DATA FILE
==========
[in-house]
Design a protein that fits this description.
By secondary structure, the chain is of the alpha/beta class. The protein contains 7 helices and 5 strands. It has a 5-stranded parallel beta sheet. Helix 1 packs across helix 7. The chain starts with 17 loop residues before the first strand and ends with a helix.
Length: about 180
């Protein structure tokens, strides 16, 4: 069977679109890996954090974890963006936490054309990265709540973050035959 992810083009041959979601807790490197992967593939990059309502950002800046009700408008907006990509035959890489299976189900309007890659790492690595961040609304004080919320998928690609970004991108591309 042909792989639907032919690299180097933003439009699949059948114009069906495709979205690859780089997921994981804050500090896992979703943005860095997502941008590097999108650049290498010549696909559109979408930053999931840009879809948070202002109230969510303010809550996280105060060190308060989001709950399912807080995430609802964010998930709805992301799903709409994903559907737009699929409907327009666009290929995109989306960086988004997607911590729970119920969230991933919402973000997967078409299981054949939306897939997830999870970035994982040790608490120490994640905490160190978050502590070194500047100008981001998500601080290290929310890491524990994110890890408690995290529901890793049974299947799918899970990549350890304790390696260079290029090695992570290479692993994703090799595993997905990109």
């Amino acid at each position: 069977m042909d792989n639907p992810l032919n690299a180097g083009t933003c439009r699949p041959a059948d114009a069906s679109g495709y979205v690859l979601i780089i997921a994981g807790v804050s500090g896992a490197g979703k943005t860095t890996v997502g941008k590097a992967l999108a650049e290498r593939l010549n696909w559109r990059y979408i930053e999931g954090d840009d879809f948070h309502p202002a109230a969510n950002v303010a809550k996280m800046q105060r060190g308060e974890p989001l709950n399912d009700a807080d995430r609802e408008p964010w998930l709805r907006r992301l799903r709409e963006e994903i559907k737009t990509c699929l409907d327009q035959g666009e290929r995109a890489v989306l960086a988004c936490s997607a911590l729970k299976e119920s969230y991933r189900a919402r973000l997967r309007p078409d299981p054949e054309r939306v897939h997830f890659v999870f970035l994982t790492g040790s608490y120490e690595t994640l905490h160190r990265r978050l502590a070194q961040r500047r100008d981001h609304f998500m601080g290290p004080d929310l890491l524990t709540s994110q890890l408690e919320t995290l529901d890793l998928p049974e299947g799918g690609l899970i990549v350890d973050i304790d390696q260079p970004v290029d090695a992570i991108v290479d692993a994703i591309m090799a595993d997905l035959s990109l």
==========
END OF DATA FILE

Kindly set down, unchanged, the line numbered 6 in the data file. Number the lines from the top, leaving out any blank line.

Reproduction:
């Amino acid at each position: 069977m042909d792989n639907p992810l032919n690299a180097g083009t933003c439009r699949p041959a059948d114009a069906s679109g495709y979205v690859l979601i780089i997921a994981g807790v804050s500090g896992a490197g979703k943005t860095t890996v997502g941008k590097a992967l999108a650049e290498r593939l010549n696909w559109r990059y979408i930053e999931g954090d840009d879809f948070h309502p202002a109230a969510n950002v303010a809550k996280m800046q105060r060190g308060e974890p989001l709950n399912d009700a807080d995430r609802e408008p964010w998930l709805r907006r992301l799903r709409e963006e994903i559907k737009t990509c699929l409907d327009q035959g666009e290929r995109a890489v989306l960086a988004c936490s997607a911590l729970k299976e119920s969230y991933r189900a919402r973000l997967r309007p078409d299981p054949e054309r939306v897939h997830f890659v999870f970035l994982t790492g040790s608490y120490e690595t994640l905490h160190r990265r978050l502590a070194q961040r500047r100008d981001h609304f998500m601080g290290p004080d929310l890491l524990t709540s994110q890890l408690e919320t995290l529901d890793l998928p049974e299947g799918g690609l899970i990549v350890d973050i304790d390696q260079p970004v290029d090695a992570i991108v290479d692993a994703i591309m090799a595993d997905l035959s990109l």